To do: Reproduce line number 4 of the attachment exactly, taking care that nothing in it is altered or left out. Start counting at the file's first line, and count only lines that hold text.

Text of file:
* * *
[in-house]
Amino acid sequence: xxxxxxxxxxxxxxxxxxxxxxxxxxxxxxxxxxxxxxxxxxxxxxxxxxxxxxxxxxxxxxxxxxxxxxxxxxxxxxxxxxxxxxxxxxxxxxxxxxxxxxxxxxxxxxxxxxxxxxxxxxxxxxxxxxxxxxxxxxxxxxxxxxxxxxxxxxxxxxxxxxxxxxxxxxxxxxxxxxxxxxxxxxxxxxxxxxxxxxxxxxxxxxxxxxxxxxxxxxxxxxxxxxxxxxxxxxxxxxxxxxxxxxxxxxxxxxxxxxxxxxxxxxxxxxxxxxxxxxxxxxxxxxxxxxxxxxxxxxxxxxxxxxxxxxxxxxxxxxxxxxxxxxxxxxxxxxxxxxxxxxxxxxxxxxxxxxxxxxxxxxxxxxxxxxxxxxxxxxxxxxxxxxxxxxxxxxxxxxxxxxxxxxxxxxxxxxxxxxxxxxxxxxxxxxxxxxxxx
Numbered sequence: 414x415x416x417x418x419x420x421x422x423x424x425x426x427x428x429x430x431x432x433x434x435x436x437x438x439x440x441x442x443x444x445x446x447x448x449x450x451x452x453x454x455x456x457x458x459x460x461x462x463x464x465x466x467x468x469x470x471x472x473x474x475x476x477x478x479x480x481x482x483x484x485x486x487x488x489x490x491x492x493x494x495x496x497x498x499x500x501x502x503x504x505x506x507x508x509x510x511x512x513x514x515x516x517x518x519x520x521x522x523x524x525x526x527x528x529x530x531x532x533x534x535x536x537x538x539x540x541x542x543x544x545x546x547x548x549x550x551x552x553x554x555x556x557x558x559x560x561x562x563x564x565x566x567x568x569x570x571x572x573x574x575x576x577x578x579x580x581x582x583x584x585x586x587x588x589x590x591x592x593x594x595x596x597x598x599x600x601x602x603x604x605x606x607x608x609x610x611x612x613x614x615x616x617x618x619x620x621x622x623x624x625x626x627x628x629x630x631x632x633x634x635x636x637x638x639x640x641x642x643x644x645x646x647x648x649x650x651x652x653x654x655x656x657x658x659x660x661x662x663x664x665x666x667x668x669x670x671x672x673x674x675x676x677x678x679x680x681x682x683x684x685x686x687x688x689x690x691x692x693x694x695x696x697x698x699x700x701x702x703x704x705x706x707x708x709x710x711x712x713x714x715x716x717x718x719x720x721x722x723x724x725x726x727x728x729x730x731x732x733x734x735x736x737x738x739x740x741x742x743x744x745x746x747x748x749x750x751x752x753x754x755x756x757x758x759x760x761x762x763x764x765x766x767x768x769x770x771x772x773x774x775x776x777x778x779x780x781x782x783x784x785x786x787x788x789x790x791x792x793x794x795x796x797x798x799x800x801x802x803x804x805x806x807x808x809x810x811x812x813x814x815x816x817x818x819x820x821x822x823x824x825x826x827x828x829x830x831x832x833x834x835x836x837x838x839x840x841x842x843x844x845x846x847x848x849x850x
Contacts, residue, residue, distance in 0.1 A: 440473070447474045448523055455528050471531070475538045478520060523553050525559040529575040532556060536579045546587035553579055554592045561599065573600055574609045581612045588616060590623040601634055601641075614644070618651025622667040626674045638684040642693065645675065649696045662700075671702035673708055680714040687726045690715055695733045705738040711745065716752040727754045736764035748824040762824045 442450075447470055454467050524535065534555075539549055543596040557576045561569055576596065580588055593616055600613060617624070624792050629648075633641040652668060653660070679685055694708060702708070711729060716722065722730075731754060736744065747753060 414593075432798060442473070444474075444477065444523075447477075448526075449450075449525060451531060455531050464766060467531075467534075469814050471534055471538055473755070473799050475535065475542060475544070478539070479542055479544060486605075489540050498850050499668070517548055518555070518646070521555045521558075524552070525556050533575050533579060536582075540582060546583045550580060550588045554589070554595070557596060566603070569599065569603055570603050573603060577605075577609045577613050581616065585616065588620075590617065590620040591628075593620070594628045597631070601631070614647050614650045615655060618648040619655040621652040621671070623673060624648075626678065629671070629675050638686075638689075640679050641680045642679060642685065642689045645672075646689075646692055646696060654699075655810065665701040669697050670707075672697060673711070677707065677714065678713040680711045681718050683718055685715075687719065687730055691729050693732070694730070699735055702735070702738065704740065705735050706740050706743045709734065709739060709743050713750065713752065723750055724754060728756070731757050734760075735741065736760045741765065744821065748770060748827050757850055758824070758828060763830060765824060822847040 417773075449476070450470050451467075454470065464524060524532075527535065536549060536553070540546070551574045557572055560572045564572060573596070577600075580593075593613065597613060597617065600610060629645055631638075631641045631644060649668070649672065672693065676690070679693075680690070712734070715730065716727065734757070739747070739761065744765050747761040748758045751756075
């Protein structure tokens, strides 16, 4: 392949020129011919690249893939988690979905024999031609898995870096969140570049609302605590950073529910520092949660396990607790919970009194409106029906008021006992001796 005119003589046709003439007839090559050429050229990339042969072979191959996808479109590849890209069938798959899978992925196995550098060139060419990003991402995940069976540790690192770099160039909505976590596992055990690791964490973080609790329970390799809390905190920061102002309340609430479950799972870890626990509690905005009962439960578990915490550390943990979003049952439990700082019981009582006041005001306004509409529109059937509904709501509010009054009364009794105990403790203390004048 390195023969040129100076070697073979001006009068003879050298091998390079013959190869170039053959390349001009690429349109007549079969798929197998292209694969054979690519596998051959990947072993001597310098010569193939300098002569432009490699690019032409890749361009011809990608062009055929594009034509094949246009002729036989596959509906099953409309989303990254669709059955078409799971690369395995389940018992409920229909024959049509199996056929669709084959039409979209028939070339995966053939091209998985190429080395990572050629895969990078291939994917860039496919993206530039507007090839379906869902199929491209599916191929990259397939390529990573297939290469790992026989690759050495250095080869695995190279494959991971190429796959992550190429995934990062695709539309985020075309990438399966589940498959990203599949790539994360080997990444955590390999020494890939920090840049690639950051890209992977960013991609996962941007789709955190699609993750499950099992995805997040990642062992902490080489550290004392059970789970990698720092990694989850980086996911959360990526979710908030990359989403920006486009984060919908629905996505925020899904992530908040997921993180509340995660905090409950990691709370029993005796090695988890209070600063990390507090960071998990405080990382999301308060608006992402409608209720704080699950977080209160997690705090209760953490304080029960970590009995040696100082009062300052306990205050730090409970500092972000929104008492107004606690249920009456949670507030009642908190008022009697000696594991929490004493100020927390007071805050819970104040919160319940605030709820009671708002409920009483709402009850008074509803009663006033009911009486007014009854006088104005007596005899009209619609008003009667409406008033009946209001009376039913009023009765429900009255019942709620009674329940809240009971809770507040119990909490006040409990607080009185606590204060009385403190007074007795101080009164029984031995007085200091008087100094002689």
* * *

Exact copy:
Contacts, residue, residue, distance in 0.1 A: 440473070447474045448523055455528050471531070475538045478520060523553050525559040529575040532556060536579045546587035553579055554592045561599065573600055574609045581612045588616060590623040601634055601641075614644070618651025622667040626674045638684040642693065645675065649696045662700075671702035673708055680714040687726045690715055695733045705738040711745065716752040727754045736764035748824040762824045 442450075447470055454467050524535065534555075539549055543596040557576045561569055576596065580588055593616055600613060617624070624792050629648075633641040652668060653660070679685055694708060702708070711729060716722065722730075731754060736744065747753060 414593075432798060442473070444474075444477065444523075447477075448526075449450075449525060451531060455531050464766060467531075467534075469814050471534055471538055473755070473799050475535065475542060475544070478539070479542055479544060486605075489540050498850050499668070517548055518555070518646070521555045521558075524552070525556050533575050533579060536582075540582060546583045550580060550588045554589070554595070557596060566603070569599065569603055570603050573603060577605075577609045577613050581616065585616065588620075590617065590620040591628075593620070594628045597631070601631070614647050614650045615655060618648040619655040621652040621671070623673060624648075626678065629671070629675050638686075638689075640679050641680045642679060642685065642689045645672075646689075646692055646696060654699075655810065665701040669697050670707075672697060673711070677707065677714065678713040680711045681718050683718055685715075687719065687730055691729050693732070694730070699735055702735070702738065704740065705735050706740050706743045709734065709739060709743050713750065713752065723750055724754060728756070731757050734760075735741065736760045741765065744821065748770060748827050757850055758824070758828060763830060765824060822847040 417773075449476070450470050451467075454470065464524060524532075527535065536549060536553070540546070551574045557572055560572045564572060573596070577600075580593075593613065597613060597617065600610060629645055631638075631641045631644060649668070649672065672693065676690070679693075680690070712734070715730065716727065734757070739747070739761065744765050747761040748758045751756075